AutoCanada Inc. reported a net loss in the first quarter of $46.9 million (all figures in CND) as economic shutdowns that began in mid-March due to the COVID-19 pandemic offset year-over-year retail sales gains in the first two months of 2020.
Total vehicles sold in the quarter ended March 31 fell by 13 per cent to 13,735 units, while revenue dipped 4.1 per cent to $708.8 million. The $46.9-million net loss compares with a $2.7-million loss in the first quarter of 2019.
The results were due to the COVID-19 pandemic shutting down economic activity across Canada and the United States beginning in mid-March, the company said. Through February, AutoCanada, the country’s only publicly traded dealership group, said total retail vehicle sales were up two per cent from a year earlier, driven by a six-per-cent gain in retail vehicles sold in Canada.
The rapid deterioration of AutoCanada’s first-quarter performance underscores the impact of the COVID-19 pandemic on auto retail as governments restricted economic activity to slow the spread of the virus. At the same time, its improving performance in the months since could be an indicator as to what auto retail’s recovery might look like in Canada.
AutoCanada said it has “experienced steady improvements” in revenue and profitability since the end of March in Canada as economic restrictions slowly began to lift. Total vehicle sales at its Canadian stores fell 16 per cent in May from a year earlier, compared with year-over-year declines of 49 per cent in April and 54 per cent in the last two weeks of March.
AutoCanada Executive Chairman Paul Antony said he was “cautiously optimistic” about the future of the business, pointing to the company’s improving performance in the second quarter, as well as the threat of COVID-19 potentially pushing some consumers away from ride-hailing services and public transit toward vehicle ownership.
“Many people may not want to take the chance of getting on a plane, train, taxi, Uber, Lyft or subway, and people are not likely to take flights this summer and are instead driving for summer vacations where allowed,” Antony said during a Thursday conference call with analysts and investors. “In turn, people that had previously moved to public and shared transport could drive an uptick in our business.”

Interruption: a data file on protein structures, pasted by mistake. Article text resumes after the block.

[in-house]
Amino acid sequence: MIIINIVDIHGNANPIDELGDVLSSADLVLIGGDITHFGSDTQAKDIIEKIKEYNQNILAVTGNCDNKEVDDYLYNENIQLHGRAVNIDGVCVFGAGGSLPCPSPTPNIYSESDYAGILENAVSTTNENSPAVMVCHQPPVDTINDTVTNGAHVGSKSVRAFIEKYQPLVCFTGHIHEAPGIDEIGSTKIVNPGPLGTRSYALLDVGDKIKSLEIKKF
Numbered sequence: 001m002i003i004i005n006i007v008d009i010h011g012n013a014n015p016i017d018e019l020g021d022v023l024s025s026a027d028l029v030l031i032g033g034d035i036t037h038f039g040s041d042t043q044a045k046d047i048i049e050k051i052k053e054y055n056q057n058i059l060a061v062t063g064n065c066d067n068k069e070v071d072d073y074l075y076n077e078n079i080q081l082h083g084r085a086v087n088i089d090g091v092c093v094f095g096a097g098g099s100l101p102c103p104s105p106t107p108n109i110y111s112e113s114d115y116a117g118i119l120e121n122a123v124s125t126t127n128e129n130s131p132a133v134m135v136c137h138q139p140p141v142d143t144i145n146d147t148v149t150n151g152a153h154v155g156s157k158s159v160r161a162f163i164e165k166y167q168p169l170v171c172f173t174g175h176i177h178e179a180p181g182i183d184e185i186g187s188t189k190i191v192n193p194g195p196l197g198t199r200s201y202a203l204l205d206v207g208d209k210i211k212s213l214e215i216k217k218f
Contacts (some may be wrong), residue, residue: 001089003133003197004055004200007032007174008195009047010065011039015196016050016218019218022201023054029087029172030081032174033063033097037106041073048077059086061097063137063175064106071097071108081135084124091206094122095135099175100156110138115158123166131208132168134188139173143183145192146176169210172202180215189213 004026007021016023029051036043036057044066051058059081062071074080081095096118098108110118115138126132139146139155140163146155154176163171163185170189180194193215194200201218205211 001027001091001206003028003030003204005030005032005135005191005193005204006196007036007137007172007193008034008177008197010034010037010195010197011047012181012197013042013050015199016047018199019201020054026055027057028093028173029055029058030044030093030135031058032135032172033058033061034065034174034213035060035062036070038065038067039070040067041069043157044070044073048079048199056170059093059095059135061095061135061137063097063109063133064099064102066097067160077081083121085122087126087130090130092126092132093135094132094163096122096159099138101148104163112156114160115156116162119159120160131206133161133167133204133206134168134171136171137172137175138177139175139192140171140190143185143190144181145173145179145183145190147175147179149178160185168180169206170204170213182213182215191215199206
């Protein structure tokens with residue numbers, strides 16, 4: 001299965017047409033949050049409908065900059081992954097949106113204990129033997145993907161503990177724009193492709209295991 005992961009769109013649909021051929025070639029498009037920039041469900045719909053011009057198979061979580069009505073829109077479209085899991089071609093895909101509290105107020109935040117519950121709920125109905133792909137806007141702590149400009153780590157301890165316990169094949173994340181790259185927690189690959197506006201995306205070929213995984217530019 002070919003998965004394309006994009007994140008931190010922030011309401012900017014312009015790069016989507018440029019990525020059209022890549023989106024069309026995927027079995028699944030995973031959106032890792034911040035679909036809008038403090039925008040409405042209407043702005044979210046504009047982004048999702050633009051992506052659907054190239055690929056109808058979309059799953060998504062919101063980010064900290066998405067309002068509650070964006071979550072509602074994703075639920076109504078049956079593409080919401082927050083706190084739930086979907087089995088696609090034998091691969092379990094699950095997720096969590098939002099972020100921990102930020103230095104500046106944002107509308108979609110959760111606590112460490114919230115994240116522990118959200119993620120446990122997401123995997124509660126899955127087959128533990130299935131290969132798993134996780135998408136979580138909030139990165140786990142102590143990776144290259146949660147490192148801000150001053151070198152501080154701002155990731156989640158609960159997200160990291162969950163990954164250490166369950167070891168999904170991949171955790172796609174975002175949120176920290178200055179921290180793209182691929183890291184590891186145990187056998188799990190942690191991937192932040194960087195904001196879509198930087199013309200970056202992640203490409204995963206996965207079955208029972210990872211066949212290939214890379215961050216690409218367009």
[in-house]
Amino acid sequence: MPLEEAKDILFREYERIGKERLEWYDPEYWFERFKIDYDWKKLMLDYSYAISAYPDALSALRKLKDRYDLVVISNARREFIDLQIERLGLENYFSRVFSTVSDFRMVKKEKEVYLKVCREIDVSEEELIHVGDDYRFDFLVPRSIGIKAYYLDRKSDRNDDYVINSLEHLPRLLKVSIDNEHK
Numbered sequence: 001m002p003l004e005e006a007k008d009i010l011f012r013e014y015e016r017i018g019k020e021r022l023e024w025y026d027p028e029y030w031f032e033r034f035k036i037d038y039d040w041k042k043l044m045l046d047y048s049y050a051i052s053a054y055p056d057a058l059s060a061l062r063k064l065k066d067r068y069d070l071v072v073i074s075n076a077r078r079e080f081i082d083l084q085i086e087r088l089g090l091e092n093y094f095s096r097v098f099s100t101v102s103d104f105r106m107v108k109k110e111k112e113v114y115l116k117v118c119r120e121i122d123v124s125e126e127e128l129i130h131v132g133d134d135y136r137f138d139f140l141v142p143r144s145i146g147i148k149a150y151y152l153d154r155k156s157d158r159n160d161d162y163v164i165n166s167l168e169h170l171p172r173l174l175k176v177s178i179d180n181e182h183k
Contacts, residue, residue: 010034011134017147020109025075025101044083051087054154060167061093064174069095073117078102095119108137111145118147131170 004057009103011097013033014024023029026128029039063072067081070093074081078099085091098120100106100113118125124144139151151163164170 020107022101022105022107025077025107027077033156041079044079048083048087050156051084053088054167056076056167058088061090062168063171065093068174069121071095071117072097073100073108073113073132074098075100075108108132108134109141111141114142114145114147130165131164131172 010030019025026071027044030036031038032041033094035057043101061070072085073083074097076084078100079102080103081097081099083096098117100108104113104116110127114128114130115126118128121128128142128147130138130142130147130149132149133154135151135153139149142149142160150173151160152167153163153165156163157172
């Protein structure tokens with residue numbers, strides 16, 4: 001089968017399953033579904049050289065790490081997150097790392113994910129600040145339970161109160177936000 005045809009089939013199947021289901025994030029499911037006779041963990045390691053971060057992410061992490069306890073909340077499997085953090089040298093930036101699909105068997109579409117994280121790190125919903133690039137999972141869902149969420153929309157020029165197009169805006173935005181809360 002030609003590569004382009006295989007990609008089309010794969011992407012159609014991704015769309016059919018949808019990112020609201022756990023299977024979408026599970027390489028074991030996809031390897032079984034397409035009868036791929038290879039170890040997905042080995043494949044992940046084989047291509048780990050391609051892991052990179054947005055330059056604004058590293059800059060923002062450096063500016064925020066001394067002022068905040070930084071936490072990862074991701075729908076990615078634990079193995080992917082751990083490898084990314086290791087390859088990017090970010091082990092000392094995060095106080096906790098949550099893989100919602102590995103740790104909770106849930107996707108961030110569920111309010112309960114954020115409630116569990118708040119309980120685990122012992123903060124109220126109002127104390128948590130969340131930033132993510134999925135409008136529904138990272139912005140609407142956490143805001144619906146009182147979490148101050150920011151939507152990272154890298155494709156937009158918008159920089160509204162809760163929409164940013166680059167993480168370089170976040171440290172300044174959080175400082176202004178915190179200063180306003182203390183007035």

Antony said risk factors related to COVID-19 include potentially reduced service and parts business as people who work from home drive their vehicles less, as well as uncertainty surrounding how quickly the economy might recover.
The dealership group said it laid off about 40 per cent of its workforce, or 1,700 employees, as a cost-saving measure during the pandemic. It also suspended its quarterly dividend “until further notice,” reduced its planned capital expenditures from an average of $29 million the last two years to $12 million this year and has received government assistance on both sides of the border, among other measures.
AutoCanada said it qualified for the Canada Emergence Wage Subsidy, which covers 75 per cent of an employee’s wages up to $847 per employee per week at eligible businesses. It expected to receive about $10 million from the program between April 12 and June 6 and said it plans to assess its eligibility for the final 12 weeks of the program, through Aug. 29.
Its U.S. stores have received about US$5.4 million ($7.3 million) in loans under the federal Paycheck Protection Program, which is designed to assist businesses with payroll costs, rent and mortgage payments.
AutoCanada’s Canadian stores recorded a net loss of $32.6 million, compared with net income of $6.4 million a year earlier. Revenue fell 1.4 per cent to $627 million.
Its U.S. operations recorded a net loss of $14.2 million, compared with a $9-million loss in the first quarter of 2019. Revenue for the unit fell 21 per cent from a year earlier to $82.2 million.
Despite the pandemic, AutoCanada saw signs of progress for its U.S. stores, which have been a drag on the company’s financial performance since acquiring the Illinois dealerships in 2018. Adjusted earnings before interest, taxes, depreciation and amortization in the company’s U.S. unit stood at a loss of $3 million, an improvement of $2.5 million from the first quarter of 2019.
“We’re building a better business case in the U.S.," Antony said.
In total, the company sold 7,326 new vehicles on the quarter, down 21 per cent from a year earlier. New retail sales plunged 23 per cent to 6,289 units, while fleet sales were down 2.5 per cent to 1,037 vehicles.
The decline in used-vehicle sales was less steep, falling 1.7 per cent from a year earlier to 6,409 units.
Parts, service and collision repair revenue dropped 12 per cent to $102.4 million. Revenue from finance and insurance was a bright spot for the company, rising 1.6 per cent from a year earlier to $35.4 million.
AutoCanada shares were up 7.2 per cent on the Toronto Stock Exchange to $9.95 per share as of 12:20 p.m. EDT.